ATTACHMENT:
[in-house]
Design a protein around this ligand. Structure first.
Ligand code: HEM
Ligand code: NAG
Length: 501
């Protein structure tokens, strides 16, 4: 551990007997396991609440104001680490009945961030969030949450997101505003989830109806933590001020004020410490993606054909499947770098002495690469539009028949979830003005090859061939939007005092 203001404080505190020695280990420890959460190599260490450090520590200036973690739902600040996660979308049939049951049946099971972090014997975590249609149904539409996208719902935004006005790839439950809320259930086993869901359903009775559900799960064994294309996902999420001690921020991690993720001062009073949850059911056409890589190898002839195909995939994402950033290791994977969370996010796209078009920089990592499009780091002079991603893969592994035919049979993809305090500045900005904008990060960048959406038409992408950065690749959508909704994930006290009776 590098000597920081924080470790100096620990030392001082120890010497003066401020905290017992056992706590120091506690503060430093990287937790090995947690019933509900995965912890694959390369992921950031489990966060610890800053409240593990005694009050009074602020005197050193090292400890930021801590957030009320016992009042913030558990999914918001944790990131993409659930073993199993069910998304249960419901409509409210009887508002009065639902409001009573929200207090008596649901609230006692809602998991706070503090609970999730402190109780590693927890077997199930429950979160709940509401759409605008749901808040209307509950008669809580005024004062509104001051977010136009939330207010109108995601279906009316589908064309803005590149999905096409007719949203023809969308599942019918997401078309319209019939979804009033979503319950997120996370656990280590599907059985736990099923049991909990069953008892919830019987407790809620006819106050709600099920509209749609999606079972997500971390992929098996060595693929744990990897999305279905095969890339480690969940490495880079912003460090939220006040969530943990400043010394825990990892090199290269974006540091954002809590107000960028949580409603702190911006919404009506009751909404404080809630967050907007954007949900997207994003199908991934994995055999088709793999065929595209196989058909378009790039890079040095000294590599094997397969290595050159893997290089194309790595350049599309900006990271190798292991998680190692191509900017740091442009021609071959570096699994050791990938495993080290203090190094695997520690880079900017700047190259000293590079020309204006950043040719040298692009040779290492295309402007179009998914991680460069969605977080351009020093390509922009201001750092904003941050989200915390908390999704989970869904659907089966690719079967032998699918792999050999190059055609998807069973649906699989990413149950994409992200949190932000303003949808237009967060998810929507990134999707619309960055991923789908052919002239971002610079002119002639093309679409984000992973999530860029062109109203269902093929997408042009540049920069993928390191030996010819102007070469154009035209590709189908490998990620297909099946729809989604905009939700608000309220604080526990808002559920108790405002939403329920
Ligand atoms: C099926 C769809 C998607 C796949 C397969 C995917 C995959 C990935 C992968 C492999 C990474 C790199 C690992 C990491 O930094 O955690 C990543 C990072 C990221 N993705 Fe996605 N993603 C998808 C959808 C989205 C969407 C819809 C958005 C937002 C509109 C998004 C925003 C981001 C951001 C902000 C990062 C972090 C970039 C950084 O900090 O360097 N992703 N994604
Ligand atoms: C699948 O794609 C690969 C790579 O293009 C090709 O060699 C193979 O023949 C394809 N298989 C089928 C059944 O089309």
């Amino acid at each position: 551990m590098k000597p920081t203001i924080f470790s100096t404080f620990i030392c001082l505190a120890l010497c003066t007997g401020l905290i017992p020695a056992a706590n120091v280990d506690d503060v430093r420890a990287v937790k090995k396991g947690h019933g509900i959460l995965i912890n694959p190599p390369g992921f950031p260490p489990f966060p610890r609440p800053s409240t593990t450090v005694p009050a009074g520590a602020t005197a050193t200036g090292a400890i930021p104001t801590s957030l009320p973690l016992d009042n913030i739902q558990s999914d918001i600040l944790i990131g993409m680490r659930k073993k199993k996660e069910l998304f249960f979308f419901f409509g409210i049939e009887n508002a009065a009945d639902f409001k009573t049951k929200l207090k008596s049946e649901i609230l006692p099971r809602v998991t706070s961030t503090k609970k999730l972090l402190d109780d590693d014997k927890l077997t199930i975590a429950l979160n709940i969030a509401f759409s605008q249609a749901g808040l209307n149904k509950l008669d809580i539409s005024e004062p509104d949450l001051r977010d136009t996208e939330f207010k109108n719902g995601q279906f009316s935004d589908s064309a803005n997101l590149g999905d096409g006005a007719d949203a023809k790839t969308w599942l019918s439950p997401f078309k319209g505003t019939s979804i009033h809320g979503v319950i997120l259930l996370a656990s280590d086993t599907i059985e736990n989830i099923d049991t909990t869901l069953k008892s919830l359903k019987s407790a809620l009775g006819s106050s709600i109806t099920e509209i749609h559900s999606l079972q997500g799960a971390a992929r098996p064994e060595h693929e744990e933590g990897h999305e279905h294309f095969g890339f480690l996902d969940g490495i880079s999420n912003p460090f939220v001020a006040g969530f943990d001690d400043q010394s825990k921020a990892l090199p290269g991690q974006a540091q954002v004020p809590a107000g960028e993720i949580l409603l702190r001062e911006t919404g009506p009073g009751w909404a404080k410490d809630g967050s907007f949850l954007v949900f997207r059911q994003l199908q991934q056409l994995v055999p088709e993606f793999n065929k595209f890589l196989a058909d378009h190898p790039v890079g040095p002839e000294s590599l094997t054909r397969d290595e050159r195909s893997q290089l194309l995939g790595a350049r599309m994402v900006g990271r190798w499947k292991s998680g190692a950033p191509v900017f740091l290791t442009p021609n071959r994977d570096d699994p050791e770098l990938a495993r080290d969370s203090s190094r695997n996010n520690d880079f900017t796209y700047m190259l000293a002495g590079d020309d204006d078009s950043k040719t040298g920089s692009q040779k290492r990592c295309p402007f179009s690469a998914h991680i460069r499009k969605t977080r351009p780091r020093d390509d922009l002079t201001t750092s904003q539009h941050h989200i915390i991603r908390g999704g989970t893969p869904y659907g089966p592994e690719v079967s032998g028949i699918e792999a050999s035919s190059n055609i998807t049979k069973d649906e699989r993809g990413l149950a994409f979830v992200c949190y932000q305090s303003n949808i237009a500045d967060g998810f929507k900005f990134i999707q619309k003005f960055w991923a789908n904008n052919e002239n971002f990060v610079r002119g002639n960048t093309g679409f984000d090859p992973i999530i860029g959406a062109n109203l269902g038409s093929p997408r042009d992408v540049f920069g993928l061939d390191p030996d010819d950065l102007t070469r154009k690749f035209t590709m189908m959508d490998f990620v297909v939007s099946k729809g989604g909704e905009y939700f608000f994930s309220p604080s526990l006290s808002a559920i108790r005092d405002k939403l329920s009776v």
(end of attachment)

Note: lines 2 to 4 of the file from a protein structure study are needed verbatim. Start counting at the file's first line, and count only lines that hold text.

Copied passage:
Design a protein around this ligand. Structure first.
Ligand code: HEM
Ligand code: NAG